The UK government will try to raise £3.2bn by selling off 6% of its stake in Lloyds Banking Group, which had to be bailed out with taxpayer cash at the height of the financial crisis.
It would see the government reduce its stake in Lloyds to 32.7% by selling off some of its shares for 75p each, above the 73.6p paid during the 2008 bailout, to large investors.
There will be no further sale of Lloyds shares by the government for 90 days, said the Treasury and UK Financial Investments (UKFI), the arm which handles state-owned shares in banks.
"We want to get the best value for the taxpayer, maximise support for the economy and restore them to private ownership," said a statement from the Treasury.
"The government will only conclude a sale if these objectives are met."
UKFI's shareholding would be reduced by 15.5% to 23.3bn ordinary shares. Lloyds has returned to profitability, generating a pre-tax profit of £3bn in the opening six months of 2013. This is despite compensation and litigation costs relating to past mis-selling of payment protection insurance (PPI).
A potential stake sale follows on from Chancellor George Osborne's Mansion House speech in June when he said Lloyds was in a good position to be re-privatised, but that he had no set timetable to do so.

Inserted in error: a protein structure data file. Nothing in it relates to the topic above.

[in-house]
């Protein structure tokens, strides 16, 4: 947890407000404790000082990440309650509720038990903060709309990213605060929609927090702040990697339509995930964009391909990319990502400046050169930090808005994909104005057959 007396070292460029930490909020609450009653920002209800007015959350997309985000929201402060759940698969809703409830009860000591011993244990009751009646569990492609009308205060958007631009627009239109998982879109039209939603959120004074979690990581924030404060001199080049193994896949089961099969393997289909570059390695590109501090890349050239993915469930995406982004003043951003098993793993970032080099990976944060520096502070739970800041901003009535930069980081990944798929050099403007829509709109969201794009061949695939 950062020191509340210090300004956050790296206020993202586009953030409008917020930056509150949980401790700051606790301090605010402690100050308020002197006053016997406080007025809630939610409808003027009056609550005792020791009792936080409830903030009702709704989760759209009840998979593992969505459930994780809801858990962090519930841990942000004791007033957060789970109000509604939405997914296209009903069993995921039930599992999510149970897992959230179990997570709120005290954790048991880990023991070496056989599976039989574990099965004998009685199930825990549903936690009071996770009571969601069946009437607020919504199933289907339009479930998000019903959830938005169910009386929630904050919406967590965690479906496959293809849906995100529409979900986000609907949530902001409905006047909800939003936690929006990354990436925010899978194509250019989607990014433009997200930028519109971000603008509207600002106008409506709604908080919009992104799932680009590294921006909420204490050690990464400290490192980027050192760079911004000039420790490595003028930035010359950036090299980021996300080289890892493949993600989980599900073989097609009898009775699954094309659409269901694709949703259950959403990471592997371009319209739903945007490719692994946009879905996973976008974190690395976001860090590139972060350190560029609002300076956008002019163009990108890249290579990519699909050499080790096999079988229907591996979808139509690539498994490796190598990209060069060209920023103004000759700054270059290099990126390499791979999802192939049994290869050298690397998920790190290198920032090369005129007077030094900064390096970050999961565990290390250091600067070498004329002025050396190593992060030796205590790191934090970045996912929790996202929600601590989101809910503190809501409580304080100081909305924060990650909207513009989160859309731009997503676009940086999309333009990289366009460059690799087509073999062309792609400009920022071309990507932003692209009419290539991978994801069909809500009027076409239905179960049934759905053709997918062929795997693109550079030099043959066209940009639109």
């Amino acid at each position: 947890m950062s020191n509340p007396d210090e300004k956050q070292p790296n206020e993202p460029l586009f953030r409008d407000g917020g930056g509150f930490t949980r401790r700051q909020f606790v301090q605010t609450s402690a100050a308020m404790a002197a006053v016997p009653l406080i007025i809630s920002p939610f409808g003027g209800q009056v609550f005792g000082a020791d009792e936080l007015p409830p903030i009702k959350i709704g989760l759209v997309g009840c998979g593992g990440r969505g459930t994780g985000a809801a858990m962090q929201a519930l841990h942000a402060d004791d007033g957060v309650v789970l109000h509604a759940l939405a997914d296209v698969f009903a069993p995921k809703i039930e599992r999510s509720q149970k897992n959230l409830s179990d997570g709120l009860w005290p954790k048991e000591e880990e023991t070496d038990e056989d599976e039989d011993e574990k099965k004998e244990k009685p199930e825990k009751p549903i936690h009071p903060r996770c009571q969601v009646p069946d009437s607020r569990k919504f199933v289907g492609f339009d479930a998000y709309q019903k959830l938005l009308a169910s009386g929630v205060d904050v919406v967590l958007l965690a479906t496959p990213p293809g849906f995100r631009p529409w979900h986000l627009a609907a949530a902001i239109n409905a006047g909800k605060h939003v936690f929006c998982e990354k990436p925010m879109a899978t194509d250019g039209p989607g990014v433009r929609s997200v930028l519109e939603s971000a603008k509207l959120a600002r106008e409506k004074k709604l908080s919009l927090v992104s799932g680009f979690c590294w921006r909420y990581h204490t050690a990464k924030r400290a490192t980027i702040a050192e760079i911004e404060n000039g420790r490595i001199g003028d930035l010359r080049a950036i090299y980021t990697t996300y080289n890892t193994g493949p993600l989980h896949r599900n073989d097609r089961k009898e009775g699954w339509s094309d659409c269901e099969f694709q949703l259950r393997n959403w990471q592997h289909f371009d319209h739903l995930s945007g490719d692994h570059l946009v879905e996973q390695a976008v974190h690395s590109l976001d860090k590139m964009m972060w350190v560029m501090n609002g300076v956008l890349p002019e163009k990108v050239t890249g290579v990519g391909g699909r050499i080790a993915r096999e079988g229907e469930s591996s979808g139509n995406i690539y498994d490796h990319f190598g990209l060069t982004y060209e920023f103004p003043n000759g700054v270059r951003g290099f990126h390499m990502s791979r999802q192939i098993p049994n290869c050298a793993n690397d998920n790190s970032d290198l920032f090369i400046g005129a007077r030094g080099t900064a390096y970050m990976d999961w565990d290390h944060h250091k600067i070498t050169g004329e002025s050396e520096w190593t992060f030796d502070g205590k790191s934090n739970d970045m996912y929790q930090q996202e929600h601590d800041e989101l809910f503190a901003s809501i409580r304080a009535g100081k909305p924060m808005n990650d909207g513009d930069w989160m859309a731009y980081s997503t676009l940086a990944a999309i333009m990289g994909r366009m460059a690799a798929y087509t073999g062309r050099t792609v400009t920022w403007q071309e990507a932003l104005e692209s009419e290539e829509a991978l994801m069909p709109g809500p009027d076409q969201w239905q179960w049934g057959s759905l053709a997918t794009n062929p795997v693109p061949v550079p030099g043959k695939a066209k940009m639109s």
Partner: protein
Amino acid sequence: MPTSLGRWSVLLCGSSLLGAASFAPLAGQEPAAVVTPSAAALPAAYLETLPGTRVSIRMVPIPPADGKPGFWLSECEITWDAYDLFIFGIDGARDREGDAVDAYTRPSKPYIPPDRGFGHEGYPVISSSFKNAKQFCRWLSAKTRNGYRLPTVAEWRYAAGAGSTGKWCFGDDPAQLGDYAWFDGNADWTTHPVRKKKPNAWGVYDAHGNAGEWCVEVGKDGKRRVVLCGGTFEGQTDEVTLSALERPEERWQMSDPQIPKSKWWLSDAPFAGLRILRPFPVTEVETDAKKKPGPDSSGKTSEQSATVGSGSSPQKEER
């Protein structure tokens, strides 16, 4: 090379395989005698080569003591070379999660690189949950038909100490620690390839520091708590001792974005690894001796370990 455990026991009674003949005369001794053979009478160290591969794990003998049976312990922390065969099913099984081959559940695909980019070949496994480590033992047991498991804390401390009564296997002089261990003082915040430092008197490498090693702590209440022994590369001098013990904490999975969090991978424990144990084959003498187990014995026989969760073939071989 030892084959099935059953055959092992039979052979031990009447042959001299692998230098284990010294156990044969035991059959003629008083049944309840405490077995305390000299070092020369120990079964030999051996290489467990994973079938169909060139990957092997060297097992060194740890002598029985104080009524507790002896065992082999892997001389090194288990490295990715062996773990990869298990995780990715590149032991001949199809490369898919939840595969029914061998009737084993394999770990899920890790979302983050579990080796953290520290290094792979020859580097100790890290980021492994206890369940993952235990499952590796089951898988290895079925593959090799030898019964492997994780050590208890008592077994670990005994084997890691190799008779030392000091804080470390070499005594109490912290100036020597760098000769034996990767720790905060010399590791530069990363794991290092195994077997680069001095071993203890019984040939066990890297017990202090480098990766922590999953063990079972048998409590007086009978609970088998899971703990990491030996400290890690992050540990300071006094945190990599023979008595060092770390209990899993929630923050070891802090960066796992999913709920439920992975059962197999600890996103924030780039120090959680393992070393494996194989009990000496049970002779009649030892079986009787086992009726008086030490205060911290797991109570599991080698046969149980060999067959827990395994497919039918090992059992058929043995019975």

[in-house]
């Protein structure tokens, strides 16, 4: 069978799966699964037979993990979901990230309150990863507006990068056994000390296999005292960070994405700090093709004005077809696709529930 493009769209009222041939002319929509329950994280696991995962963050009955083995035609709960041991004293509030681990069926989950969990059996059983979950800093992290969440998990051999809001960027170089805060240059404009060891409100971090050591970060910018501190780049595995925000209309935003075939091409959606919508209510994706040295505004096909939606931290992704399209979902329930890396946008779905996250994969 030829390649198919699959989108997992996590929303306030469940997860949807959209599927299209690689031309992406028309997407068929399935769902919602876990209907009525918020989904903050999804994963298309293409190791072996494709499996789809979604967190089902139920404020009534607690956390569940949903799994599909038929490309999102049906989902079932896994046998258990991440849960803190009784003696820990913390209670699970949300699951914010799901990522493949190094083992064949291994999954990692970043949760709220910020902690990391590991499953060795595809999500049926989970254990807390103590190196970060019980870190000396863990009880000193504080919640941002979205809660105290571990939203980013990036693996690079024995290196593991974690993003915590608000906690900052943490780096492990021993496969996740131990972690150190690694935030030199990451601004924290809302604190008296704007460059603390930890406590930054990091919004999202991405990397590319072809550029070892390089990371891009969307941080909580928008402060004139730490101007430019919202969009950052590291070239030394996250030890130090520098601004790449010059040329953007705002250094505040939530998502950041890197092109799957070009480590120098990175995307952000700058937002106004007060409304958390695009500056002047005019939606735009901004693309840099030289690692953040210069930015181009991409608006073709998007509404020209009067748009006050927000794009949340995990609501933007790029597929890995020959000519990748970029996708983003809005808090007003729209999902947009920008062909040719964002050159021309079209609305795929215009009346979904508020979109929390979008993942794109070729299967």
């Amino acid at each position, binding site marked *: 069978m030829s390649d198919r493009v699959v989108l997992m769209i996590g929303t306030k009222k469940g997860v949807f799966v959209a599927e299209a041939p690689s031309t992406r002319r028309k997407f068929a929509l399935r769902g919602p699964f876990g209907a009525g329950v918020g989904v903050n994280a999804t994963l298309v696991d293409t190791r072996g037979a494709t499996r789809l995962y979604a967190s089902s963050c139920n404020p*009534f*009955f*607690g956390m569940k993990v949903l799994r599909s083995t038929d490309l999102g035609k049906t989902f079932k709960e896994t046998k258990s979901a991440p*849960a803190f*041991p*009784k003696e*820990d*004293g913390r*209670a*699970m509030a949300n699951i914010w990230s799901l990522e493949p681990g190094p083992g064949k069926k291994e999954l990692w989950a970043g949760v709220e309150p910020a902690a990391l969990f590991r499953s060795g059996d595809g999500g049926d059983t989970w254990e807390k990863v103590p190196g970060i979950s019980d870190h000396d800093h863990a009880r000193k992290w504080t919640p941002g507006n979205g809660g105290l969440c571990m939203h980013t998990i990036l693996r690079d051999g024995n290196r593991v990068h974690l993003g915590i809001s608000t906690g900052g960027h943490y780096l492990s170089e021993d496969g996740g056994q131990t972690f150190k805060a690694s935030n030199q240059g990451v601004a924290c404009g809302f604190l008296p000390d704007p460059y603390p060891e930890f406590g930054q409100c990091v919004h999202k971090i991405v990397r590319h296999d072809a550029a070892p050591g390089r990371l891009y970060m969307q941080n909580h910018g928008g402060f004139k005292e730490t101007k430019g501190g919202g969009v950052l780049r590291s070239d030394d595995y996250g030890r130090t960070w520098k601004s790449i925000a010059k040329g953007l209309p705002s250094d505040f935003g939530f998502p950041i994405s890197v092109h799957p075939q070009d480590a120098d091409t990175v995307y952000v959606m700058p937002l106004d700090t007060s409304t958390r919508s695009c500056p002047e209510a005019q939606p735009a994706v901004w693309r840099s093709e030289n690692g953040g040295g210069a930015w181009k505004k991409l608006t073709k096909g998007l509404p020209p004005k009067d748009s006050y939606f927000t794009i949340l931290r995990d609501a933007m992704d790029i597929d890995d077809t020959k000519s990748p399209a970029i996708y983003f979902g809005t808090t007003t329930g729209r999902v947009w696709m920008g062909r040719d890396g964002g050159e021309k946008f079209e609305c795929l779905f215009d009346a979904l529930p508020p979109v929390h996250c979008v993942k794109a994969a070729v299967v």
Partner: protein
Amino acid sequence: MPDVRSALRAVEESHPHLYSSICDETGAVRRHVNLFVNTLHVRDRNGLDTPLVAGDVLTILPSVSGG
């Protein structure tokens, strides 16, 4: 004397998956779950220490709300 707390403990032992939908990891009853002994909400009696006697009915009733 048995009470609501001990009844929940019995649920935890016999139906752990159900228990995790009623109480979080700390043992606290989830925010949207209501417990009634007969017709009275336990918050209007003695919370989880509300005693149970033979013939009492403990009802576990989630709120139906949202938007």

"It's vital that taxpayers get their money back and this must be the prime consideration in the sale of the government's stakes in the banks," said Chris Leslie, Labour's shadow financial secretary to the Treasury.
"And as Labour has consistently said any profits from the sale should be used to repay the national debt. We also need serious reform of our banking sector, which George Osborne continues to duck, including measures to promote more competition on the high street."
Eyes will shift to RBS, the other state-backed financial institution that had to be rescued from collapse in the crisis. As a result of a £45bn injection by the Treasury, the government holds 81% of RBS.
However, the RBS share price continues to float well below that at which the government bought its stake in 2008. As a result, Osborne has said the Treasury "only sell our stake in RBS when we feel the bank is fully able to support our economy and when we get good value for you, the taxpayer".
RBS is undergoing a number of balance sheet reforms to wind-down or sell off the portfolio of toxic loan assets, primarily consumer mortgages, built up before the financial crisis and which ultimately led to the institution's near death.